Democratic Sen. Paul Wellstone, known as a rough and tumble liberal, was killed in a plane crash in northern Minnesota Oct. 25 along with his wife Sheila, daughter Marcia and five others, campaign officials said.
Wellstone was noted for his fiesty individuality, often opposing his own party's positions. He was against free trade, fought NAFTA and GATT and cited the loss of American jobs in frequent editorials and while appearing on television. In the late 90s, he asked for an investigation of oil refiners for practices that kept fuel prices artificially high.
Wellstone, 58, had been in the final days of a battle for re-election in a race that could determine control of the Senate. The twin-engine plane went down in freezing rain and light snow near the Eveleth-Virginia Municipal Airport, about 175 miles north of Minneapolis.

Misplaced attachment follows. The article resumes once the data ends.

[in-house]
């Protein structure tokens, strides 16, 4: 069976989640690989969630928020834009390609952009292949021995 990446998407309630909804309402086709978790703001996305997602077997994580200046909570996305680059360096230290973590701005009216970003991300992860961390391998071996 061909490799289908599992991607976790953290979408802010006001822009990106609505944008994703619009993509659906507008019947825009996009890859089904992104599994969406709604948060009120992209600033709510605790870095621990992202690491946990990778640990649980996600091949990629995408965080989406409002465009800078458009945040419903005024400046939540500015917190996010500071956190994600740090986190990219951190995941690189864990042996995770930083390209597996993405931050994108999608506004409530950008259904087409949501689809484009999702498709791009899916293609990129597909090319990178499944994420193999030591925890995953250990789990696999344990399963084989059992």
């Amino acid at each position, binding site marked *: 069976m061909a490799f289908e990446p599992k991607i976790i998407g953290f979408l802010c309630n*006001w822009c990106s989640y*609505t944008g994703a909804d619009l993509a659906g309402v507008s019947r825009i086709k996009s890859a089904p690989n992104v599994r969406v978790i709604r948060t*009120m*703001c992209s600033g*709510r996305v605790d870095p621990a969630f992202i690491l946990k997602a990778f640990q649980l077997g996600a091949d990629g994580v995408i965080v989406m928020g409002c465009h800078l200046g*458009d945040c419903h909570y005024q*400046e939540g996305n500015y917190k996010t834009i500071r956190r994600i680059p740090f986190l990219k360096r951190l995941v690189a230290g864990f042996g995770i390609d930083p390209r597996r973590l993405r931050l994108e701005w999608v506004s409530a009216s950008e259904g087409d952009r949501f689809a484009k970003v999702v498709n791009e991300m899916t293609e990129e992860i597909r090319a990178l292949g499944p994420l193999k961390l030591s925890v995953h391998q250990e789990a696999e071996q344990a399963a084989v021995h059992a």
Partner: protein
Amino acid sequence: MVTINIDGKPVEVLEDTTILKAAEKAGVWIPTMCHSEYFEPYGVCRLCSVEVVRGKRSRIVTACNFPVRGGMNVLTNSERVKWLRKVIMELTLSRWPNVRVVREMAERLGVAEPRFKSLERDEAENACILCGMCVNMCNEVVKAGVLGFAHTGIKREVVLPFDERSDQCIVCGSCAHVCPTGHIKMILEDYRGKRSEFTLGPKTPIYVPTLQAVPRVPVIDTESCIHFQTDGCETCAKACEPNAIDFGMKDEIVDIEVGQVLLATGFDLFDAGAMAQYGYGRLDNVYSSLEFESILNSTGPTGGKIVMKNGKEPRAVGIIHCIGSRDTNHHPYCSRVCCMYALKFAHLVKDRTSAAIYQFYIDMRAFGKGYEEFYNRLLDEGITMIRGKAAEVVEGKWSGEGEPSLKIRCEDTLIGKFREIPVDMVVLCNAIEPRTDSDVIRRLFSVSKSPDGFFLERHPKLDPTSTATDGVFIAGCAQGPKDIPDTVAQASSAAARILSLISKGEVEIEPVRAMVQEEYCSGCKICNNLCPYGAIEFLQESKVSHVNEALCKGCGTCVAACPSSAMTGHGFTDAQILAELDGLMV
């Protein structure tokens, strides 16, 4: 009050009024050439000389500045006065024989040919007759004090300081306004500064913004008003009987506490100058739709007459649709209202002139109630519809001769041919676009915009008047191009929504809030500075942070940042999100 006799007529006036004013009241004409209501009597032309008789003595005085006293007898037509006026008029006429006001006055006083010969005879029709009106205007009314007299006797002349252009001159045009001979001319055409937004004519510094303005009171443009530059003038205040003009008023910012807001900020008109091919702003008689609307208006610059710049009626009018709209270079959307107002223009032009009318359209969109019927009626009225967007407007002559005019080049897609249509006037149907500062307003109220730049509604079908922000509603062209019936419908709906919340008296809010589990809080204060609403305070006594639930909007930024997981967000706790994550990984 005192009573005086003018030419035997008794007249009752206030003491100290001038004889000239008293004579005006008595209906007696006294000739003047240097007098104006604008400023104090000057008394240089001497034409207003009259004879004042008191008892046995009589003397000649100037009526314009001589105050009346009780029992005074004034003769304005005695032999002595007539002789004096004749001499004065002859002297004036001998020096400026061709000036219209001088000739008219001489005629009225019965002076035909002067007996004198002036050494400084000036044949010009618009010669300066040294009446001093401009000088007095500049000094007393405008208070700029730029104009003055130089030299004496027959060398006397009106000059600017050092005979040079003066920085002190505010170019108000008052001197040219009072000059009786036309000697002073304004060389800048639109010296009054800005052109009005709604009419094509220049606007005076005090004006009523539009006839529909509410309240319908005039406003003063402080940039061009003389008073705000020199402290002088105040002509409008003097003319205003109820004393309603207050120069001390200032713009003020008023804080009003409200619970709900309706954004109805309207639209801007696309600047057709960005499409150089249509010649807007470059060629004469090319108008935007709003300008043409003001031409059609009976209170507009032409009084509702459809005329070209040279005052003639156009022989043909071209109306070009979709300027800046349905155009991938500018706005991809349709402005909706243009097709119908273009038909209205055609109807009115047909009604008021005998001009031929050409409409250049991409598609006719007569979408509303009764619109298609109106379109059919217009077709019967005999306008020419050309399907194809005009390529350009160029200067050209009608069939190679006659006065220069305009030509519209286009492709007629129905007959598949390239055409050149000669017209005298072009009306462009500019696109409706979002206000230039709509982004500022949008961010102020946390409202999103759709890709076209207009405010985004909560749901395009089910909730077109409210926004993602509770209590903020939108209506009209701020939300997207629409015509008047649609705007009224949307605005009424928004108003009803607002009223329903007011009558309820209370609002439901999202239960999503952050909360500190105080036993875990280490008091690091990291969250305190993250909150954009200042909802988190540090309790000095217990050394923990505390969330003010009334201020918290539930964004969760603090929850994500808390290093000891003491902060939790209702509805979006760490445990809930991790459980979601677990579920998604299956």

He was on his way to the funeral of the father of a state lawmaker.
Colin McGinnis, the senator's chief of staff, told TV crews:
"This morning Senator Paul Wellstone, Sheila Wellstone, and Marcia Wellstone... along with Will McLaughlin, Tom Lapic, and Mary McEvoy of our campaign staff were traveling on a plane in northern MN. The FAA indicates that there were an additional two individuals on the plane. We understand both were pilots. The Department of Transportation has confirmed that the identification number on the tail of the plane that went down southeast of Eveleth, MN matched the serial number of Senator Wellstone's plane. The reports are that there were no survivors."
In political terms, it was unclear whether Wellstone's name will remain on the ballot with Election Day less than two weeks away. Wellstone was up against Republican Norm Coleman, a former mayor of St. Paul and President Bush's choice to challenge the two-term incumbent.
Two years ago, Missouri Gov. Mel Carnahan was killed in a plane crash three weeks before Election Day while running for the Senate. Carnahan's name remained on the ballot and he beat Republican Sen. John Ashcroft. Carnahan's widow, Jean, was appointed to serve in his place and is now seeking election to a full term against Republican Jim Talent.
The senator is survived by two sons and eight grandchildren.